Can Your Veins Collapse Because of IV Drug Use?

Many consequences go hand in hand with intravenous drug use. Some of these consequences can be easily remedied with an extended period of sobriety, and others might last a lifetime. One of the consequences that could be permanent is the risk of collapsed veins from injecting drugs.

If you continuously inject drugs into your vein, eventually, they will collapse, which cannot be fixed and will be forever with you. The best thing to do is to stop using drugs altogether. Our Residential Treatment Program can help you overcome your addiction and save your veins before it is too late.

Can Your Veins Collapse Because of IV Drug Use

How Exactly Does a Vein Collapse?

Suppose a person continuously injects the chemical substance into the same vein, typical for heroin abuse and dependence. In that case, the vein’s walls might grow weak and crumble, ultimately reducing blood flow. The collapse of a vein is characterized by either the leakage of blood or the inability of blood to flow through. When one of your veins has collapsed, you will notice that the skin surrounding the injection site is beginning to darken and bruise.

Collapsed Veins Needs Time To Heal

The good news is that if you catch a collapsed vein right away, it does have the potential to heal. Unfortunately, because heroin addiction can grow so severe, many people abusing heroin and who experience a collapsed vein do not give it the time to heal. If your vein collapses and you inject it with a chemical substance shortly after that, you can cause permanent damage to the area.

Symptoms of a Collapsed Vein and What Steps to Take 

If you experience a collapsed vein, you will start to notice that the area bruises within several minutes. Other symptoms of a collapsed vein include a stinging sensation, swelling around the injection site, tenderness, or pain around the injection site. There is a difference between a collapsed vein and a blown vein, and when treating the area, it is essential to make this distinction. A collapsed vein is a vein that has caved in. Prolonged intravenous drug use can lead to the collapse of the vein, but the vein can be repaired if you avoid injecting that area while it is healing.

Physical Consequences of Collapsed Veins

If you experience a collapsed vein, it is an excellent indication that you require professional addiction treatment. As soon as you start experiencing physical consequences directly from your drug abuse, professional help becomes essential. If you experience a blown vein, the vein suffers potentially permanent damage because both sides are ruptured. This can occur if you use a too large needle or angle the needle wrong.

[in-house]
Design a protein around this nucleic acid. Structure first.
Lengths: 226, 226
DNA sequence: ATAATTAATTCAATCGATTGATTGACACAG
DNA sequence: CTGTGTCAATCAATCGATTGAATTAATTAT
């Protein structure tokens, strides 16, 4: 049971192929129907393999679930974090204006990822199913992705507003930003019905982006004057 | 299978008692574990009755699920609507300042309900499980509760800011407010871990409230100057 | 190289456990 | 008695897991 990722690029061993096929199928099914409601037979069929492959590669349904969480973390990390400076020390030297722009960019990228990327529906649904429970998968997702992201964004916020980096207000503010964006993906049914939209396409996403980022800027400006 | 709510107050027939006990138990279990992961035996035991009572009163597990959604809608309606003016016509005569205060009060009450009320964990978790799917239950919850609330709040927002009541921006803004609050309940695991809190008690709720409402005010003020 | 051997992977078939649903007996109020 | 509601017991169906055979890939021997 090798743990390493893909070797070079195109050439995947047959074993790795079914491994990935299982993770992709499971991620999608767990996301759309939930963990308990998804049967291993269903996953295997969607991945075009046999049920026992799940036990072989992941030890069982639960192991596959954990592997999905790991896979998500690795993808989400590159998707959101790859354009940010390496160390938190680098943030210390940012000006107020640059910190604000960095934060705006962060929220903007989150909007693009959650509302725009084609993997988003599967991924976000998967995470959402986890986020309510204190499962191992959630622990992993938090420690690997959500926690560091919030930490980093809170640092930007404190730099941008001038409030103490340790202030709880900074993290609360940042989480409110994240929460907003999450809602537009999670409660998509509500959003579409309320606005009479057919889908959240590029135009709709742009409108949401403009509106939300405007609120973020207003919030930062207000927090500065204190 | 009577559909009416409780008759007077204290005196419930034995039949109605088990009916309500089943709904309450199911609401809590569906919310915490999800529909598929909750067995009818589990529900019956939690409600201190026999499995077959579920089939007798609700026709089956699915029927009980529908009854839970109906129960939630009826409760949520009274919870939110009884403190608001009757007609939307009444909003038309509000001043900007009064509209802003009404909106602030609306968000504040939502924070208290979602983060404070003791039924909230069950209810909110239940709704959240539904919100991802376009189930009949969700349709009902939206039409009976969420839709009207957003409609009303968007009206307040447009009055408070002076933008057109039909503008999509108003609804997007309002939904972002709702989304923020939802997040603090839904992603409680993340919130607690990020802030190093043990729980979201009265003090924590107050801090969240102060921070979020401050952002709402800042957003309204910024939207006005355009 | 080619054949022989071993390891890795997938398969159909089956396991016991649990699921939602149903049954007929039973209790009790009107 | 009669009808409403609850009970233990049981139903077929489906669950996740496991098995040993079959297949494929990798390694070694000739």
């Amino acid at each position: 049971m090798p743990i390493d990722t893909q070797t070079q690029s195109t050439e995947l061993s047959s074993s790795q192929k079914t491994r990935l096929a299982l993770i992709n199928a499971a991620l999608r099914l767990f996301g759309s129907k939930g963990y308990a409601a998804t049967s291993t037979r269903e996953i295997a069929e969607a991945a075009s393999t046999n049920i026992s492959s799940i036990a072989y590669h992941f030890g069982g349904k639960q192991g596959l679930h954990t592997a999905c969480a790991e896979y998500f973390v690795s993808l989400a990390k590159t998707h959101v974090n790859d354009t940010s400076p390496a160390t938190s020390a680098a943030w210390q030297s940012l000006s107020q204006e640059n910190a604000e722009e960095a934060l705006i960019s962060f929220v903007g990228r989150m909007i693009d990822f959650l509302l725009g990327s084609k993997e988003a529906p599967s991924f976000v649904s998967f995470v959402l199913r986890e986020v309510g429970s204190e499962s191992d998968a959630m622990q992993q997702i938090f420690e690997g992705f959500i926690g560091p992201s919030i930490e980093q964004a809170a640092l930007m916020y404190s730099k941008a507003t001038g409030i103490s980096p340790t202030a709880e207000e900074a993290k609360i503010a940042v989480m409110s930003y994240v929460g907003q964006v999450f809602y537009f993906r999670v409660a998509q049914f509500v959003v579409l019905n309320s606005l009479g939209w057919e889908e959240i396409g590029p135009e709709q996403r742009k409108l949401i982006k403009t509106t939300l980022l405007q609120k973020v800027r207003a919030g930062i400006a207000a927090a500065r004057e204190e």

If you do experience a collapsed vein, you must avoid intravenous drug use in the future. Of course, this is easier said than done without professional help, and the good news is that Allure Detox is available to help.

Allure Detox and Intravenous Drug Addiction Recovery 

Collapsed veins can be fixed, but not without professional intervention. If you have gotten to the point where you are using drugs intravenously and experiencing physical consequences of the direct result, seeking treatment is extremely important. At Allure Detox, we believe that addiction recovery is about much more than providing clients with intensive behavioral therapy, 12 step program education, and a range of holistic treatment services.

Start Healing Your Intravenous Drug Addiction And Collapsed Veins

We believe that for recovery to be truly comprehensive, all of the physical implications of active addiction must also be addressed. For this reason, we provide our clients with an in-depth physical assessment upon their admission. If any additional health care services are required, we put our clients into touch with a medical professional who can help them.

Rest assured that if you have begun to experience physical consequences due to your drug addiction, the majority of these consequences can and will be reversed as soon as you enter into a program of recovery. Contact us today for more information on our recovery program or begin your journey of freedom from intravenous drug use.

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Published on: 2021-07-09
Updated on: 2024-05-14